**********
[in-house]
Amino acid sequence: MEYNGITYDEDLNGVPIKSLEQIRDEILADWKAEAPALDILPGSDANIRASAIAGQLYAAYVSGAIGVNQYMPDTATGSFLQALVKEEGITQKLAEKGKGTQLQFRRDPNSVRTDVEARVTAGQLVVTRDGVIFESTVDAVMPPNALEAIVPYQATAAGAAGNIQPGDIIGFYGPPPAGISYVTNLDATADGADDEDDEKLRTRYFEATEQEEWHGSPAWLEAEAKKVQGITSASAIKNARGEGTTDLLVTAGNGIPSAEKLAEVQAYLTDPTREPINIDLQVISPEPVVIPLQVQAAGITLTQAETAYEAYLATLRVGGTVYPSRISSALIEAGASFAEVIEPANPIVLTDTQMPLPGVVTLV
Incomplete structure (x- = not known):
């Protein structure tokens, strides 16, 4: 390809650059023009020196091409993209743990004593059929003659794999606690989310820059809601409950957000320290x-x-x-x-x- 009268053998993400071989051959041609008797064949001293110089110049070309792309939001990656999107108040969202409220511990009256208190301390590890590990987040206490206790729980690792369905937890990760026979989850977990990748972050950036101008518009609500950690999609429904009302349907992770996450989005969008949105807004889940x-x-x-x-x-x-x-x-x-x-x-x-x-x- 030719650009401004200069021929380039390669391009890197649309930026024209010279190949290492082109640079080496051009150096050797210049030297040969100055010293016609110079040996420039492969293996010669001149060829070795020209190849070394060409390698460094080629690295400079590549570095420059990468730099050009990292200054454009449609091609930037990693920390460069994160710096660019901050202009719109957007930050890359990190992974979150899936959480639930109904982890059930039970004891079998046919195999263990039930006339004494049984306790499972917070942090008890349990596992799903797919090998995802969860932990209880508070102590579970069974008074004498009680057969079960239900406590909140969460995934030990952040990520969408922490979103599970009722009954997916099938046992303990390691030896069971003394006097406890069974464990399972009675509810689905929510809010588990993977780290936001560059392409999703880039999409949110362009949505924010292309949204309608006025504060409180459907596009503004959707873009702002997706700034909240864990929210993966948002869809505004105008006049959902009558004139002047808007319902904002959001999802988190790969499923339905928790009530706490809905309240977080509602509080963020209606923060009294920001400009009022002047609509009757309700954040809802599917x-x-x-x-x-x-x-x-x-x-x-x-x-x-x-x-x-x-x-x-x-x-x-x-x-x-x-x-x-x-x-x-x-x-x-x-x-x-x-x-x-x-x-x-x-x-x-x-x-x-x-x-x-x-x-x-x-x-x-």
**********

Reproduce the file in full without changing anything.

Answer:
[in-house]
Amino acid sequence: MEYNGITYDEDLNGVPIKSLEQIRDEILADWKAEAPALDILPGSDANIRASAIAGQLYAAYVSGAIGVNQYMPDTATGSFLQALVKEEGITQKLAEKGKGTQLQFRRDPNSVRTDVEARVTAGQLVVTRDGVIFESTVDAVMPPNALEAIVPYQATAAGAAGNIQPGDIIGFYGPPPAGISYVTNLDATADGADDEDDEKLRTRYFEATEQEEWHGSPAWLEAEAKKVQGITSASAIKNARGEGTTDLLVTAGNGIPSAEKLAEVQAYLTDPTREPINIDLQVISPEPVVIPLQVQAAGITLTQAETAYEAYLATLRVGGTVYPSRISSALIEAGASFAEVIEPANPIVLTDTQMPLPGVVTLV
Incomplete structure (x- = not known):
């Protein structure tokens, strides 16, 4: 390809650059023009020196091409993209743990004593059929003659794999606690989310820059809601409950957000320290x-x-x-x-x- 009268053998993400071989051959041609008797064949001293110089110049070309792309939001990656999107108040969202409220511990009256208190301390590890590990987040206490206790729980690792369905937890990760026979989850977990990748972050950036101008518009609500950690999609429904009302349907992770996450989005969008949105807004889940x-x-x-x-x-x-x-x-x-x-x-x-x-x- 030719650009401004200069021929380039390669391009890197649309930026024209010279190949290492082109640079080496051009150096050797210049030297040969100055010293016609110079040996420039492969293996010669001149060829070795020209190849070394060409390698460094080629690295400079590549570095420059990468730099050009990292200054454009449609091609930037990693920390460069994160710096660019901050202009719109957007930050890359990190992974979150899936959480639930109904982890059930039970004891079998046919195999263990039930006339004494049984306790499972917070942090008890349990596992799903797919090998995802969860932990209880508070102590579970069974008074004498009680057969079960239900406590909140969460995934030990952040990520969408922490979103599970009722009954997916099938046992303990390691030896069971003394006097406890069974464990399972009675509810689905929510809010588990993977780290936001560059392409999703880039999409949110362009949505924010292309949204309608006025504060409180459907596009503004959707873009702002997706700034909240864990929210993966948002869809505004105008006049959902009558004139002047808007319902904002959001999802988190790969499923339905928790009530706490809905309240977080509602509080963020209606923060009294920001400009009022002047609509009757309700954040809802599917x-x-x-x-x-x-x-x-x-x-x-x-x-x-x-x-x-x-x-x-x-x-x-x-x-x-x-x-x-x-x-x-x-x-x-x-x-x-x-x-x-x-x-x-x-x-x-x-x-x-x-x-x-x-x-x-x-x-x-």